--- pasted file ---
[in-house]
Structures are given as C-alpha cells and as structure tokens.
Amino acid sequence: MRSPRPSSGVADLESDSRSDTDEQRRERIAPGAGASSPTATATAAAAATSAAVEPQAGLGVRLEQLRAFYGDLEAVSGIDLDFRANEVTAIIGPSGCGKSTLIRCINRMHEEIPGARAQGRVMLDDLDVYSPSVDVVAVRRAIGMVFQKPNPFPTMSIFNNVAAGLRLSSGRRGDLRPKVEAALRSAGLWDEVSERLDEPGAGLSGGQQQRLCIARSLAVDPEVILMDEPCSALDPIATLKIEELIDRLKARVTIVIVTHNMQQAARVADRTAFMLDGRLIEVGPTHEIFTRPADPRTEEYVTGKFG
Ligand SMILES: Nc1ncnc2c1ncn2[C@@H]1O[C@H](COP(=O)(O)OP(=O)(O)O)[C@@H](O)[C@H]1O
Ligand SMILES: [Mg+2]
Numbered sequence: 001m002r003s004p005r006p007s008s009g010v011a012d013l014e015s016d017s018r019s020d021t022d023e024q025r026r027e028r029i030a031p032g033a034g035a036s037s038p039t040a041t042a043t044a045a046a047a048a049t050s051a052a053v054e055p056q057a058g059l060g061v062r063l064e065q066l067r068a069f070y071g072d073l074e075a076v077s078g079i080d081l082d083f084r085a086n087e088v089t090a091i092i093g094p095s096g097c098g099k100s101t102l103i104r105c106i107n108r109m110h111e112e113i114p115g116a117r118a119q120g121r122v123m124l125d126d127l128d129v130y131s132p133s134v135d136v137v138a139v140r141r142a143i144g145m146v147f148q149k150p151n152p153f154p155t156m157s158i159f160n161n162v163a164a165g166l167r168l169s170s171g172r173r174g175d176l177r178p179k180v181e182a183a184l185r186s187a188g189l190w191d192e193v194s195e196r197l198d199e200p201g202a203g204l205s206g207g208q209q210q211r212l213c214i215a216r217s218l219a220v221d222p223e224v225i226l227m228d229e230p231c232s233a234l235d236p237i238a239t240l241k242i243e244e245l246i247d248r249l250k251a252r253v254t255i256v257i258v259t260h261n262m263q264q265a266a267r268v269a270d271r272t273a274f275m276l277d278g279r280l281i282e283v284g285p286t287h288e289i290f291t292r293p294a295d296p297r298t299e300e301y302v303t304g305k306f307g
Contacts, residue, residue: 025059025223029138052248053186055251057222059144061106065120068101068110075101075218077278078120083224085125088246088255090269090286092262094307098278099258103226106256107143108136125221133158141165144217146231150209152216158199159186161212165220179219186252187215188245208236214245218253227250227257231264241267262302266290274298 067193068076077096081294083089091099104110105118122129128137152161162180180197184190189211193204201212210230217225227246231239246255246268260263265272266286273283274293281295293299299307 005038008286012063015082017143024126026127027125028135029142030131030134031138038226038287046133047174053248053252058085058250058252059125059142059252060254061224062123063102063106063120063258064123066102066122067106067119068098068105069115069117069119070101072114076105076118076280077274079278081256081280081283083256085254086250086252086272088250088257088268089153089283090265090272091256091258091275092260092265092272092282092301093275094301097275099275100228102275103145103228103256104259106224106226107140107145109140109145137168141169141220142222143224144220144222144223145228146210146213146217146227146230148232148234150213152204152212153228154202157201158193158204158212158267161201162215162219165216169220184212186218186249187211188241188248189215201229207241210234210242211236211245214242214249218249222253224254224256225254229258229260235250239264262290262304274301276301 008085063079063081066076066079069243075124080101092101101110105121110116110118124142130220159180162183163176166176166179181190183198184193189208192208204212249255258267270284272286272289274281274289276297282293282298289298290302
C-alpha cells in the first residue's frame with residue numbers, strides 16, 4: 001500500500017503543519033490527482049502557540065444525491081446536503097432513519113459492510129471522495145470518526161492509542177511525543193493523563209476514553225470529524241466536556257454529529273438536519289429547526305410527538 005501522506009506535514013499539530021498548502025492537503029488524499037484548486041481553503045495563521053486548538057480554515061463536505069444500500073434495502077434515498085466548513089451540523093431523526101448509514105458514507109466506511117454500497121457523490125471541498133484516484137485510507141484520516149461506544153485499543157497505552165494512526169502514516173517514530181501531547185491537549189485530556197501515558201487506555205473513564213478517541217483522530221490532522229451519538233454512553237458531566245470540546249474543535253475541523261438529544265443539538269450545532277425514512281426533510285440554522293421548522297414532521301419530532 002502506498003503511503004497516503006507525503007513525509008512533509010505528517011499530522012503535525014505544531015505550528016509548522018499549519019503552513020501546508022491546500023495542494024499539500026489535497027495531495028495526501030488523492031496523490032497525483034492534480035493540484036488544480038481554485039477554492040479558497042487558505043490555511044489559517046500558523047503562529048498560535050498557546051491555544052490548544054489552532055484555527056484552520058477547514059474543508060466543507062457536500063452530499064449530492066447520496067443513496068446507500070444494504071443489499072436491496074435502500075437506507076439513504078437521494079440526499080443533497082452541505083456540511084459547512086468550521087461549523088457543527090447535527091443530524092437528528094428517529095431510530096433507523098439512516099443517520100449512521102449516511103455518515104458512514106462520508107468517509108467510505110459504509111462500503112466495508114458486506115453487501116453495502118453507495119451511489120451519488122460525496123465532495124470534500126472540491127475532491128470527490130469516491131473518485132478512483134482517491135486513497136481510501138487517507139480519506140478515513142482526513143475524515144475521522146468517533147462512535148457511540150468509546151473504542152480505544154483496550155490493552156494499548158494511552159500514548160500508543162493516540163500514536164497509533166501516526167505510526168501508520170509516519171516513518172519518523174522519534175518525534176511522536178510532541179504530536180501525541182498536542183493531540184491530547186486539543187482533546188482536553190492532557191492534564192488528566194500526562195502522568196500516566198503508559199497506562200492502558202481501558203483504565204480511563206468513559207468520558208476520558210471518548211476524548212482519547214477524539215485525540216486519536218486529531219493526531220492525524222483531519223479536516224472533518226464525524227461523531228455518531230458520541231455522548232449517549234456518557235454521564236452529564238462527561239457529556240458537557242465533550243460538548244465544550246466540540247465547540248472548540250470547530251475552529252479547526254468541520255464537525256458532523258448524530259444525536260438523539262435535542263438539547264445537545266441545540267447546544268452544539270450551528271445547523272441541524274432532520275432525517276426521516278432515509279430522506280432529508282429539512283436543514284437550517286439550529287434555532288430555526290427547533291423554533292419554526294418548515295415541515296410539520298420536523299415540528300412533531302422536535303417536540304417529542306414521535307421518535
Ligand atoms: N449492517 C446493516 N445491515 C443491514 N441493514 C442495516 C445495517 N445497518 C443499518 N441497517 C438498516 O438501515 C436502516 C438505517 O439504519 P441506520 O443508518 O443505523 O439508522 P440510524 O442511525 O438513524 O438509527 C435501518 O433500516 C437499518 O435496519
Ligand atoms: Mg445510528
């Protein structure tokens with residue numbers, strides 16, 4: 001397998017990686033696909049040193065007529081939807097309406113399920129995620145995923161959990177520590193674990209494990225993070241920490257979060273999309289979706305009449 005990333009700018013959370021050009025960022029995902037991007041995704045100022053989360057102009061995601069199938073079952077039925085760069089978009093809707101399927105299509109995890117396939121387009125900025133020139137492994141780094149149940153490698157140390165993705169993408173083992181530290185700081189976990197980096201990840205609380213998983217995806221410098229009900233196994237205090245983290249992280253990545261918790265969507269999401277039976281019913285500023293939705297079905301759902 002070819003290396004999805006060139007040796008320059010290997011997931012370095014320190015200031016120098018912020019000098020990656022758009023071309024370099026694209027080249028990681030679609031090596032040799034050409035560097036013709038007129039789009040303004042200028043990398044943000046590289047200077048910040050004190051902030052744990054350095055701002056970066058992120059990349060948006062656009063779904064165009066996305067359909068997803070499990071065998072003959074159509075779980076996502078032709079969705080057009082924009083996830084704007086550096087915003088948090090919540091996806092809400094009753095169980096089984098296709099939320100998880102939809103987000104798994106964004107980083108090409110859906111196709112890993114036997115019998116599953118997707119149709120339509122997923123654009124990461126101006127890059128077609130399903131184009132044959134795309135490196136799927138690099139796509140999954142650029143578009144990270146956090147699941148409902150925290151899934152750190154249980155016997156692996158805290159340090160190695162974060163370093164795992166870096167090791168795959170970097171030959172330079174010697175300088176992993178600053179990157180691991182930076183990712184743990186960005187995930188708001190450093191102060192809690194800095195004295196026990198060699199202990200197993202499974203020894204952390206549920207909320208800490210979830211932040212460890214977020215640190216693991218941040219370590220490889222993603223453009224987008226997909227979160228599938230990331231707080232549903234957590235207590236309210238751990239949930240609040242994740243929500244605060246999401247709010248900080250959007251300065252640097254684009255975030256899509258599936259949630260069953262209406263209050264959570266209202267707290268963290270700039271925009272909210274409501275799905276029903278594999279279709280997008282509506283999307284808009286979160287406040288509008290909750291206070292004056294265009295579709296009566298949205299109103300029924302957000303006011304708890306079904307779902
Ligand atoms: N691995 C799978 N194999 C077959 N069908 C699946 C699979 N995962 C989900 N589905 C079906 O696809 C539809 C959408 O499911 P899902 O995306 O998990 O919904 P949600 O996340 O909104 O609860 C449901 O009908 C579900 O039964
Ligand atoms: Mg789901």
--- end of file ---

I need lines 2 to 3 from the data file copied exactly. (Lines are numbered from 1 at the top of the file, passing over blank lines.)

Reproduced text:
Structures are given as C-alpha cells and as structure tokens.
Amino acid sequence: MRSPRPSSGVADLESDSRSDTDEQRRERIAPGAGASSPTATATAAAAATSAAVEPQAGLGVRLEQLRAFYGDLEAVSGIDLDFRANEVTAIIGPSGCGKSTLIRCINRMHEEIPGARAQGRVMLDDLDVYSPSVDVVAVRRAIGMVFQKPNPFPTMSIFNNVAAGLRLSSGRRGDLRPKVEAALRSAGLWDEVSERLDEPGAGLSGGQQQRLCIARSLAVDPEVILMDEPCSALDPIATLKIEELIDRLKARVTIVIVTHNMQQAARVADRTAFMLDGRLIEVGPTHEIFTRPADPRTEEYVTGKFG